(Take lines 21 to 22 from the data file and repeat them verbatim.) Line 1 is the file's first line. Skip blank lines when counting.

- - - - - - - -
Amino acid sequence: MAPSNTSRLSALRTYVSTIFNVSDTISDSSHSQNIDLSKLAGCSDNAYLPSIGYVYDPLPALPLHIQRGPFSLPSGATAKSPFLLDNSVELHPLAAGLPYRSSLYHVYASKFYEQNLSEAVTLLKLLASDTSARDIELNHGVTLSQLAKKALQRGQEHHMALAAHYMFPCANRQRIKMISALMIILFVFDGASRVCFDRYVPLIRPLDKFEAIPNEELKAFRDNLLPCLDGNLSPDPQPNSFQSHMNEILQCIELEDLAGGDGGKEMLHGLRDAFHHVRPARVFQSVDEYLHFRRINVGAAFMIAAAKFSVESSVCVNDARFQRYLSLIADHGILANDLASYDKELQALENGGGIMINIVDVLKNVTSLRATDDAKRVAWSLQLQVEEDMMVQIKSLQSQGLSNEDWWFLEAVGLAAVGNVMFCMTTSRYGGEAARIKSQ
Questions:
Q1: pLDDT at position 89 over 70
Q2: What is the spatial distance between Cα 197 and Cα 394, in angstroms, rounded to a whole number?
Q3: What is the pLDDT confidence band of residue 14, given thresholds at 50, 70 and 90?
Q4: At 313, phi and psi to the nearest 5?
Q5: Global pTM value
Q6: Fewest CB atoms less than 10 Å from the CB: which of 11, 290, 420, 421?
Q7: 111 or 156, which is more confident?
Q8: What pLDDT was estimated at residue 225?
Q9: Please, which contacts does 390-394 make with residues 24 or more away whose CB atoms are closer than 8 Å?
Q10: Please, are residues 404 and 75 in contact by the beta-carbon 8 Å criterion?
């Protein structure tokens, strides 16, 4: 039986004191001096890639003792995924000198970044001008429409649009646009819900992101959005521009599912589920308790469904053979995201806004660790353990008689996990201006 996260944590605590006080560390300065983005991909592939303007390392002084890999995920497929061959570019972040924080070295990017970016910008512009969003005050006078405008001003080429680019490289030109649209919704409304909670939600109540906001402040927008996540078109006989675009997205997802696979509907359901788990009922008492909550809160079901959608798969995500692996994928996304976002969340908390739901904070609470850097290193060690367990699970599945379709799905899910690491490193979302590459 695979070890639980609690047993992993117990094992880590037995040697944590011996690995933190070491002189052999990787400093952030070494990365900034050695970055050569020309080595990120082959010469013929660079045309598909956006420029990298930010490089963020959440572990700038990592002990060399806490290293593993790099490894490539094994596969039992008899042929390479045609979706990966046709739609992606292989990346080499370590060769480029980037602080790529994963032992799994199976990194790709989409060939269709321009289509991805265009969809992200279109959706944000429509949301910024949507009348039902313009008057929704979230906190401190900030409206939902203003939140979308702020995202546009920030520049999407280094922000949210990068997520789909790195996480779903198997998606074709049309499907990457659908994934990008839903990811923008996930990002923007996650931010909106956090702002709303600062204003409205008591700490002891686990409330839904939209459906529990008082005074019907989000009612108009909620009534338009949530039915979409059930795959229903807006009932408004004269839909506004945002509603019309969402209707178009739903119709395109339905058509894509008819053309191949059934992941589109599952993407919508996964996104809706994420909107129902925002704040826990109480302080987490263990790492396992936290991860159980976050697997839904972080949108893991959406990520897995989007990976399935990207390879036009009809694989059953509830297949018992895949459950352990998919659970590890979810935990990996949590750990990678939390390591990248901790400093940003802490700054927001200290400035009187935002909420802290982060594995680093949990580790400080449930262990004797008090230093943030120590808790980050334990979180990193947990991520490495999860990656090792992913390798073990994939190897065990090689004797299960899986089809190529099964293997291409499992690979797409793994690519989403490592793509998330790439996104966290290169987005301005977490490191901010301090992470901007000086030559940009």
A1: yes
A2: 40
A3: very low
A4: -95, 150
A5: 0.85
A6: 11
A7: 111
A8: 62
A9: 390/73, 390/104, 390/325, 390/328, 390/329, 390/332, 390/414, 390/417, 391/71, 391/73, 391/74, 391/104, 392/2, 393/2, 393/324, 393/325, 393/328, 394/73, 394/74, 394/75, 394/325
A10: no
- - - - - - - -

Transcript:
A8: 62
A9: 390/73, 390/104, 390/325, 390/328, 390/329, 390/332, 390/414, 390/417, 391/71, 391/73, 391/74, 391/104, 392/2, 393/2, 393/324, 393/325, 393/328, 394/73, 394/74, 394/75, 394/325